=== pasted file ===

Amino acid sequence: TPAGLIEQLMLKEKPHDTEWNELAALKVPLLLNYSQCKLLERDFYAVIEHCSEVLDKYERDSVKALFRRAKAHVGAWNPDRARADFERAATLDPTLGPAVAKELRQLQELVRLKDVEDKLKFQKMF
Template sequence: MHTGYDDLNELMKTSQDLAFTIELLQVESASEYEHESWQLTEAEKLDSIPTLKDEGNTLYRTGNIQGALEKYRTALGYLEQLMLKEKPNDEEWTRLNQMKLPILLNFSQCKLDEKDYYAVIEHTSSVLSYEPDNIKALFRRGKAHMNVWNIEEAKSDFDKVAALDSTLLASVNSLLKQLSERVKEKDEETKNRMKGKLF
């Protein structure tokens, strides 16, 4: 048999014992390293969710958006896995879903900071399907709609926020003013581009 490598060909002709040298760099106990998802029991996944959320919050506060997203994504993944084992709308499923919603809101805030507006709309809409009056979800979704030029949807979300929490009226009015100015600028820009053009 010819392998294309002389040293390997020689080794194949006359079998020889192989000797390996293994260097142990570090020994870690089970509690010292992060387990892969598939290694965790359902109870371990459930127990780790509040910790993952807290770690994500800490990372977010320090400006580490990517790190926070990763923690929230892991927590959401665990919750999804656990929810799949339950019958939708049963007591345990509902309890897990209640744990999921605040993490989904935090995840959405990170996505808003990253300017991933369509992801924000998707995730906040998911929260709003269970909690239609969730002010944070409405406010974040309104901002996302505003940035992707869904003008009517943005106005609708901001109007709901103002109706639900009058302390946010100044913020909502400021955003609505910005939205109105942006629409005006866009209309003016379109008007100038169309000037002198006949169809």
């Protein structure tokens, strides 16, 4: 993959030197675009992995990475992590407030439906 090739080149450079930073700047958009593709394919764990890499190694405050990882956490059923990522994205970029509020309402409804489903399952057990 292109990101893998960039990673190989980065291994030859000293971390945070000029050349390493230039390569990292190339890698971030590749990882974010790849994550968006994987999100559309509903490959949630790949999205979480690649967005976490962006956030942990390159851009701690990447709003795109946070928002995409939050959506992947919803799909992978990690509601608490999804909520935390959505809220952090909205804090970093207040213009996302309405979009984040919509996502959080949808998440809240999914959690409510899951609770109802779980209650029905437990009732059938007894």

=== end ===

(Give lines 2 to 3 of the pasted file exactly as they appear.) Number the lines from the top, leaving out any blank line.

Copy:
Template sequence: MHTGYDDLNELMKTSQDLAFTIELLQVESASEYEHESWQLTEAEKLDSIPTLKDEGNTLYRTGNIQGALEKYRTALGYLEQLMLKEKPNDEEWTRLNQMKLPILLNFSQCKLDEKDYYAVIEHTSSVLSYEPDNIKALFRRGKAHMNVWNIEEAKSDFDKVAALDSTLLASVNSLLKQLSERVKEKDEETKNRMKGKLF
């Protein structure tokens, strides 16, 4: 048999014992390293969710958006896995879903900071399907709609926020003013581009 490598060909002709040298760099106990998802029991996944959320919050506060997203994504993944084992709308499923919603809101805030507006709309809409009056979800979704030029949807979300929490009226009015100015600028820009053009 010819392998294309002389040293390997020689080794194949006359079998020889192989000797390996293994260097142990570090020994870690089970509690010292992060387990892969598939290694965790359902109870371990459930127990780790509040910790993952807290770690994500800490990372977010320090400006580490990517790190926070990763923690929230892991927590959401665990919750999804656990929810799949339950019958939708049963007591345990509902309890897990209640744990999921605040993490989904935090995840959405990170996505808003990253300017991933369509992801924000998707995730906040998911929260709003269970909690239609969730002010944070409405406010974040309104901002996302505003940035992707869904003008009517943005106005609708901001109007709901103002109706639900009058302390946010100044913020909502400021955003609505910005939205109105942006629409005006866009209309003016379109008007100038169309000037002198006949169809």